As I mentioned before, I’m going to have a lot of fun things I discover here on the blog. One of those things I recently have learned about is the use of a leather strop for knife sharpening. I’m not manly enough to shave with a straight razor, so I never gave strops much of a second glance, but it turns out that while they are great for razors, they also have their uses with knives! And they are versatile in way more way than that!
Let’s Start At The Beginning
First things first, for those who don’t know, a strop is a piece of leather that is used to sharpen blades, usually razors. They can either come in the form of a hanging strop, or a paddle type strop. The paddle strop generally has a wood handle that has leather on both sides of the flat faces, or the paddle part.
The hanging strop is more flexible(obviously), and is usually two pieces of leather hanging off a swivel clip with some kind of handle at the other end. They all look a little bit different, but that is the general appearance. Which is better is really up to you. Wikipedia is quick to point out that the hanging strop seems to have a history of being used in the corporal punishment of spanking, so depending on your parenting style, that may be a point for or against it.
So How Do They Work?
It seems weird that leather could sharpen steel, but strops don’t work like conventional sharpeners. When you are honing a knife, you are shaving off the bits of steel that are out of line to give yourself a fine, sharp edge. Leather strops don’t shave off very much metal. They more of…shape it.
I feel like that’s not the best explanation, but that is pretty much how it works. It aligns any of the metal that may be even slightly out of line, so it creates an absurdly sharp and polished razor/blade. That is why they are important for barbers or users of straight razors. When that blade is sliding over your neck, you want to make sure it is perfectly in line. There is no room for mistakes there.
Now For Knives
Deep down, the use of a strop for a knife is just like the use of a strop for a razor. If you want your knife to be perfect and sharp, the strop is the way to get it there. This is especially popular with high quality knives. If you are going to pay big bucks for a knife, you may as well put in a little effort to keep it in good shape.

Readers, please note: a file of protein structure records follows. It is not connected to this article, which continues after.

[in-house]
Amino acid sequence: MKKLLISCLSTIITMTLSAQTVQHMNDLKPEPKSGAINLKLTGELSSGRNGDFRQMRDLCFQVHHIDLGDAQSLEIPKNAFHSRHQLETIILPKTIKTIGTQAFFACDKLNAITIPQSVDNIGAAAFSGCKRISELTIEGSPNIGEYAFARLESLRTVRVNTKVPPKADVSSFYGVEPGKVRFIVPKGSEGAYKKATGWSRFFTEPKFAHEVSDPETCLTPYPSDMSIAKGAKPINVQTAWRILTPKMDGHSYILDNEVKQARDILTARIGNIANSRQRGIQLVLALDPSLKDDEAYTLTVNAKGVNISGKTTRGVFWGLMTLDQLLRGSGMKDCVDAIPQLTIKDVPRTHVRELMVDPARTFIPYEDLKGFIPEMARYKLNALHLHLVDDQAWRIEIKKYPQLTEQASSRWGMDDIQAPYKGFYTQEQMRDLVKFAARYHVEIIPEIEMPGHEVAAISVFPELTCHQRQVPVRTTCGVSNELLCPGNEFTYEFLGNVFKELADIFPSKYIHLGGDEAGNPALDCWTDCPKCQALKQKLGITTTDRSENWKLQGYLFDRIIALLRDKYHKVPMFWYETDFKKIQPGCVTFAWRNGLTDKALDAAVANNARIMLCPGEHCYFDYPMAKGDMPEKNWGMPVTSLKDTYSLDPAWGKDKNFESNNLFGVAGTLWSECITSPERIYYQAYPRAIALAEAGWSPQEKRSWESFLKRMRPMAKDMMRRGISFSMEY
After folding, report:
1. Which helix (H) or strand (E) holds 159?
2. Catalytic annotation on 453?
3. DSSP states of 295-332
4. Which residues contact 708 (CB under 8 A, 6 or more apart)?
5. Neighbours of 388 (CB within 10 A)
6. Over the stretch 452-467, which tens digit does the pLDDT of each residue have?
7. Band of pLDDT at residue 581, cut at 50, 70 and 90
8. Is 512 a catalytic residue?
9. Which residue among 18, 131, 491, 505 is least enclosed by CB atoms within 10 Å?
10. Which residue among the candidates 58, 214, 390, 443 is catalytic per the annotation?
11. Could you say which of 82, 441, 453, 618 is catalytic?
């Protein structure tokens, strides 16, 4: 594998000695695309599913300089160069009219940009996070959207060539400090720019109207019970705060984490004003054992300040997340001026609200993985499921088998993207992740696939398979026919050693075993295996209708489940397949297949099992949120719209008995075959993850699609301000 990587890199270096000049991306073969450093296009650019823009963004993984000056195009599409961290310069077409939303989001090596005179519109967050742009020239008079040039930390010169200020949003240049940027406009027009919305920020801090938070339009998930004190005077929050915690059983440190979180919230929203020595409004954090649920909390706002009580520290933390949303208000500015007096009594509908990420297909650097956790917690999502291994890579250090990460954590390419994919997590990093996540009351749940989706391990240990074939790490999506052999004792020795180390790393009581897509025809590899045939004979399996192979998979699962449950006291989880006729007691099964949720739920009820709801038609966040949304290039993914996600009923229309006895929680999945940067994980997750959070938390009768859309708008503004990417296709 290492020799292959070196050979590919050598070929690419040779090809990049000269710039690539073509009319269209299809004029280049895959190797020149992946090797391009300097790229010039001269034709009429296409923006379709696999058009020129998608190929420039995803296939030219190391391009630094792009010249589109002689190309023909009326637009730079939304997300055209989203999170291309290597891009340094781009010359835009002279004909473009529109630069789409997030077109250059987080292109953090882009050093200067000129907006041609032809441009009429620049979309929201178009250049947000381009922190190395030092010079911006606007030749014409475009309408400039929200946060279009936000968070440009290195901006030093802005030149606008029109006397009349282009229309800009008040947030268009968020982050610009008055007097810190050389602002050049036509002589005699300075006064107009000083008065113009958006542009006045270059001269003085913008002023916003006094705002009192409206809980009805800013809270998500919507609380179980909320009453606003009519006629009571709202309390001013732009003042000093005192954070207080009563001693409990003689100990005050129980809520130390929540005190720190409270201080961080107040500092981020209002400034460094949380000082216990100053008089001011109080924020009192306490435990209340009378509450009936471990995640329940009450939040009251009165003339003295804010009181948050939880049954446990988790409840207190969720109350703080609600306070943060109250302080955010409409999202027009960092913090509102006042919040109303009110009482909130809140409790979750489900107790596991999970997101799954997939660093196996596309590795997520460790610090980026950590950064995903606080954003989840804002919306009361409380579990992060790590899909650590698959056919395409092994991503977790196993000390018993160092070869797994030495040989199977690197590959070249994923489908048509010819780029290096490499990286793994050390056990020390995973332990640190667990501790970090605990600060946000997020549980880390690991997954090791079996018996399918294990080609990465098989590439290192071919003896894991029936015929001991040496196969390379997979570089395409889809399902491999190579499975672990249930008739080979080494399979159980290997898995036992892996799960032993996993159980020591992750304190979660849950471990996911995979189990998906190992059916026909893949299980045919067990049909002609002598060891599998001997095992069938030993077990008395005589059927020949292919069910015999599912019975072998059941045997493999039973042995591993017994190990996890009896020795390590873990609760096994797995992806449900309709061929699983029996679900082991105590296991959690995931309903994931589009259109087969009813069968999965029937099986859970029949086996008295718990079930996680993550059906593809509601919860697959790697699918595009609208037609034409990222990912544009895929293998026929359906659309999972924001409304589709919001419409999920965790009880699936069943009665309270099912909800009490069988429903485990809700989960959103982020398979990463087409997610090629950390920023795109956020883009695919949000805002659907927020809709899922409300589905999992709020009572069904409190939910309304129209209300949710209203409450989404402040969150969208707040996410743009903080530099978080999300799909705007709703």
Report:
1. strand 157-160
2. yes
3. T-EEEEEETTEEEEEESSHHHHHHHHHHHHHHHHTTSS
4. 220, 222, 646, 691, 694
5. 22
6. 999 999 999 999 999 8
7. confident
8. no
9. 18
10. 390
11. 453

How Do I Get Started?
Luckily strops are pretty easy to come by. The easiest way to get all the stuff you need is to just get it from here at Amazon. They have everything from high quality pricey strops, to basic starter strops. You can also choose between the paddle strop and the hanging strop, and some of them come with complementary compounds!(Keep reading to get the full lowdown on compounds). It is up to you to decide what your style is. If you are new to stropping, then maybe you want to buy a cheap one, and see if you like the hanging or paddle style before you buy one of the higher end ones. Have some fun with it. They are pretty low cost, so you can afford to experiment a little.
What Is This About Compounds?
Compounds are well…compounds that are added to the strop in the form of a powder in order to alter the effect of the stropping. They are abrasive and help you shape the blade. They have very fancy science type names, but most the time people just refer to them by color. You know, red compound, green compound, and so on. You can also buy them on Amazon, in big blocks that will last you a long while. I can’t tell you which one is best, because that is a personal decision. Some people like a finer compound, some like a coarser one. If you want to experiment and try a bunch without spending tons on compounds, you can buy a handy starter pack and do some testing to find your ideal.
How Do I Use It?
Alright, you have your strop, you have your compound if you want one, and you have your blade. What now? Your instinct is probably going to be to use the strop like you use a whetstone to sharpen the knife, but this would be wrong. You always strop away from the blade to avoid cutting your strop. Check out the YouTube video below to get a visual as to how the strop works. I would recommend that you skip to about 3:00 minutes in to avoid hearing him talk about his watch forever and get to the good stuff.
So that’s stropping in a nutshell! Great for razors or knives or anything with a blade. If you have experience in stropping, or you start after reading this, tell us about it in the comments!